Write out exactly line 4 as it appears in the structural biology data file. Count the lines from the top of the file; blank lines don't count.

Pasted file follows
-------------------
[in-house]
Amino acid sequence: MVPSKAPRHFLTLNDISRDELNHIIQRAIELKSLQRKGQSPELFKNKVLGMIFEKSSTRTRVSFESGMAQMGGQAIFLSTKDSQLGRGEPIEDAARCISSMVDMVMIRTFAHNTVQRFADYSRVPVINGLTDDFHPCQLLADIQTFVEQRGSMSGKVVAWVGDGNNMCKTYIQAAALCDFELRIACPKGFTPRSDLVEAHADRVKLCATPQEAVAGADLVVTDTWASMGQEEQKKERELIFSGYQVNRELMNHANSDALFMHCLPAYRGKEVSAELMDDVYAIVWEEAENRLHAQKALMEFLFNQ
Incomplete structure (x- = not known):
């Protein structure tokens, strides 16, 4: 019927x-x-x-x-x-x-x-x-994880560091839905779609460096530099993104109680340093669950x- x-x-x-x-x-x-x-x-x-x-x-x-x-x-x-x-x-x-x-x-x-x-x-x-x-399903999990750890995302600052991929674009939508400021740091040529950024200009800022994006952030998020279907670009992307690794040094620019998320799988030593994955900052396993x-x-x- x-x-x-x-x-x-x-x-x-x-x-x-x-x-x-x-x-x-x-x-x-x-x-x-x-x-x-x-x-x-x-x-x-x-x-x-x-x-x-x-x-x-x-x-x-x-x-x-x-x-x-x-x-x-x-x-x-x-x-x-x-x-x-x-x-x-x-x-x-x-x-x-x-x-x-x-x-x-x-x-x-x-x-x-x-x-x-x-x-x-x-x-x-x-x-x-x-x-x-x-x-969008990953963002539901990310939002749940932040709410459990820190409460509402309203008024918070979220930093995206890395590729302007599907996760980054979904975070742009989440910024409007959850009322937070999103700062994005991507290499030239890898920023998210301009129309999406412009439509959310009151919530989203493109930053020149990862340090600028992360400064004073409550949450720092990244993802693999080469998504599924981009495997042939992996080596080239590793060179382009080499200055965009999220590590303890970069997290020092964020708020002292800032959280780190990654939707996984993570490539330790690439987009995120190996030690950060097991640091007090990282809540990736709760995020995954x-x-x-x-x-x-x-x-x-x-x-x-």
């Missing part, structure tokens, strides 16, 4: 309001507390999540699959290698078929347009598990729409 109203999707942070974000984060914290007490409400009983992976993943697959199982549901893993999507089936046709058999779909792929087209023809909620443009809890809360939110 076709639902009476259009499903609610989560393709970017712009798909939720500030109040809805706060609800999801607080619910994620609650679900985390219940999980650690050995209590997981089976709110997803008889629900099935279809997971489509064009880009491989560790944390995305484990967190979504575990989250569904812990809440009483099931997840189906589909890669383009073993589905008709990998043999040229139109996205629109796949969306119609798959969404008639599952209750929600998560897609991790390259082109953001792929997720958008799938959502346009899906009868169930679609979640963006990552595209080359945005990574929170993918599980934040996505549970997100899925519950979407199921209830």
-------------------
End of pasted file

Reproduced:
């Protein structure tokens, strides 16, 4: 019927x-x-x-x-x-x-x-x-994880560091839905779609460096530099993104109680340093669950x- x-x-x-x-x-x-x-x-x-x-x-x-x-x-x-x-x-x-x-x-x-x-x-x-x-399903999990750890995302600052991929674009939508400021740091040529950024200009800022994006952030998020279907670009992307690794040094620019998320799988030593994955900052396993x-x-x- x-x-x-x-x-x-x-x-x-x-x-x-x-x-x-x-x-x-x-x-x-x-x-x-x-x-x-x-x-x-x-x-x-x-x-x-x-x-x-x-x-x-x-x-x-x-x-x-x-x-x-x-x-x-x-x-x-x-x-x-x-x-x-x-x-x-x-x-x-x-x-x-x-x-x-x-x-x-x-x-x-x-x-x-x-x-x-x-x-x-x-x-x-x-x-x-x-x-x-x-x-969008990953963002539901990310939002749940932040709410459990820190409460509402309203008024918070979220930093995206890395590729302007599907996760980054979904975070742009989440910024409007959850009322937070999103700062994005991507290499030239890898920023998210301009129309999406412009439509959310009151919530989203493109930053020149990862340090600028992360400064004073409550949450720092990244993802693999080469998504599924981009495997042939992996080596080239590793060179382009080499200055965009999220590590303890970069997290020092964020708020002292800032959280780190990654939707996984993570490539330790690439987009995120190996030690950060097991640091007090990282809540990736709760995020995954x-x-x-x-x-x-x-x-x-x-x-x-």